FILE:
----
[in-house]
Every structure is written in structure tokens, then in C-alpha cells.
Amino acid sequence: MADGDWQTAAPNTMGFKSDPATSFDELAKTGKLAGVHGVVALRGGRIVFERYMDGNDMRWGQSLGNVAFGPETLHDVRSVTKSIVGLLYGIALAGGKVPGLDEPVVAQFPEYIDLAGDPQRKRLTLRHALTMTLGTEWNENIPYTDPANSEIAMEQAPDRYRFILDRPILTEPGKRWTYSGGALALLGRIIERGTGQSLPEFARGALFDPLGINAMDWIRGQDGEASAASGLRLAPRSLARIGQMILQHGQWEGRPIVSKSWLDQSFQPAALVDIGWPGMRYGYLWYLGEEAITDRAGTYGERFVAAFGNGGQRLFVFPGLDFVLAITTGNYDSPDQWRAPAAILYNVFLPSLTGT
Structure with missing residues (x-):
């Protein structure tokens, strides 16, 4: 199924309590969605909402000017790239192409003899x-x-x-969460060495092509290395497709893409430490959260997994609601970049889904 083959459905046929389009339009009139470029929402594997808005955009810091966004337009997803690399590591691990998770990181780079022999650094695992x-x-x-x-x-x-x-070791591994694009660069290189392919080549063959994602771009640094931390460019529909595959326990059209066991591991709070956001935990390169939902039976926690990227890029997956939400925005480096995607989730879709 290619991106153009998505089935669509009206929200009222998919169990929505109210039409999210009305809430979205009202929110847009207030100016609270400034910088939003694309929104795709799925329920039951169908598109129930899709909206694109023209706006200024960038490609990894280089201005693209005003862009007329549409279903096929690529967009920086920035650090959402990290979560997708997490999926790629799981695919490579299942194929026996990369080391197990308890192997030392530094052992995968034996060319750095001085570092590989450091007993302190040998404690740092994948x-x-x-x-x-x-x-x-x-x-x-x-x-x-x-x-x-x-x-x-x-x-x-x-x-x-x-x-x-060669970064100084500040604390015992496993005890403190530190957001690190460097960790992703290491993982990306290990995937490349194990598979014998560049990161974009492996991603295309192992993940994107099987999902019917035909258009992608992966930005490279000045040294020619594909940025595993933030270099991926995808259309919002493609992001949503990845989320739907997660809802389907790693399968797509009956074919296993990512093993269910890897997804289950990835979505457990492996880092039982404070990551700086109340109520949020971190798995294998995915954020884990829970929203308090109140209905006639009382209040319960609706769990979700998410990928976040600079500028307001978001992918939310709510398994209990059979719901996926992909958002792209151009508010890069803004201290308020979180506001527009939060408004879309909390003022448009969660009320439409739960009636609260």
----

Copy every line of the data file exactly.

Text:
[in-house]
Every structure is written in structure tokens, then in C-alpha cells.
Amino acid sequence: MADGDWQTAAPNTMGFKSDPATSFDELAKTGKLAGVHGVVALRGGRIVFERYMDGNDMRWGQSLGNVAFGPETLHDVRSVTKSIVGLLYGIALAGGKVPGLDEPVVAQFPEYIDLAGDPQRKRLTLRHALTMTLGTEWNENIPYTDPANSEIAMEQAPDRYRFILDRPILTEPGKRWTYSGGALALLGRIIERGTGQSLPEFARGALFDPLGINAMDWIRGQDGEASAASGLRLAPRSLARIGQMILQHGQWEGRPIVSKSWLDQSFQPAALVDIGWPGMRYGYLWYLGEEAITDRAGTYGERFVAAFGNGGQRLFVFPGLDFVLAITTGNYDSPDQWRAPAAILYNVFLPSLTGT
Structure with missing residues (x-):
């Protein structure tokens, strides 16, 4: 199924309590969605909402000017790239192409003899x-x-x-969460060495092509290395497709893409430490959260997994609601970049889904 083959459905046929389009339009009139470029929402594997808005955009810091966004337009997803690399590591691990998770990181780079022999650094695992x-x-x-x-x-x-x-070791591994694009660069290189392919080549063959994602771009640094931390460019529909595959326990059209066991591991709070956001935990390169939902039976926690990227890029997956939400925005480096995607989730879709 290619991106153009998505089935669509009206929200009222998919169990929505109210039409999210009305809430979205009202929110847009207030100016609270400034910088939003694309929104795709799925329920039951169908598109129930899709909206694109023209706006200024960038490609990894280089201005693209005003862009007329549409279903096929690529967009920086920035650090959402990290979560997708997490999926790629799981695919490579299942194929026996990369080391197990308890192997030392530094052992995968034996060319750095001085570092590989450091007993302190040998404690740092994948x-x-x-x-x-x-x-x-x-x-x-x-x-x-x-x-x-x-x-x-x-x-x-x-x-x-x-x-x-060669970064100084500040604390015992496993005890403190530190957001690190460097960790992703290491993982990306290990995937490349194990598979014998560049990161974009492996991603295309192992993940994107099987999902019917035909258009992608992966930005490279000045040294020619594909940025595993933030270099991926995808259309919002493609992001949503990845989320739907997660809802389907790693399968797509009956074919296993990512093993269910890897997804289950990835979505457990492996880092039982404070990551700086109340109520949020971190798995294998995915954020884990829970929203308090109140209905006639009382209040319960609706769990979700998410990928976040600079500028307001978001992918939310709510398994209990059979719901996926992909958002792209151009508010890069803004201290308020979180506001527009939060408004879309909390003022448009969660009320439409739960009636609260």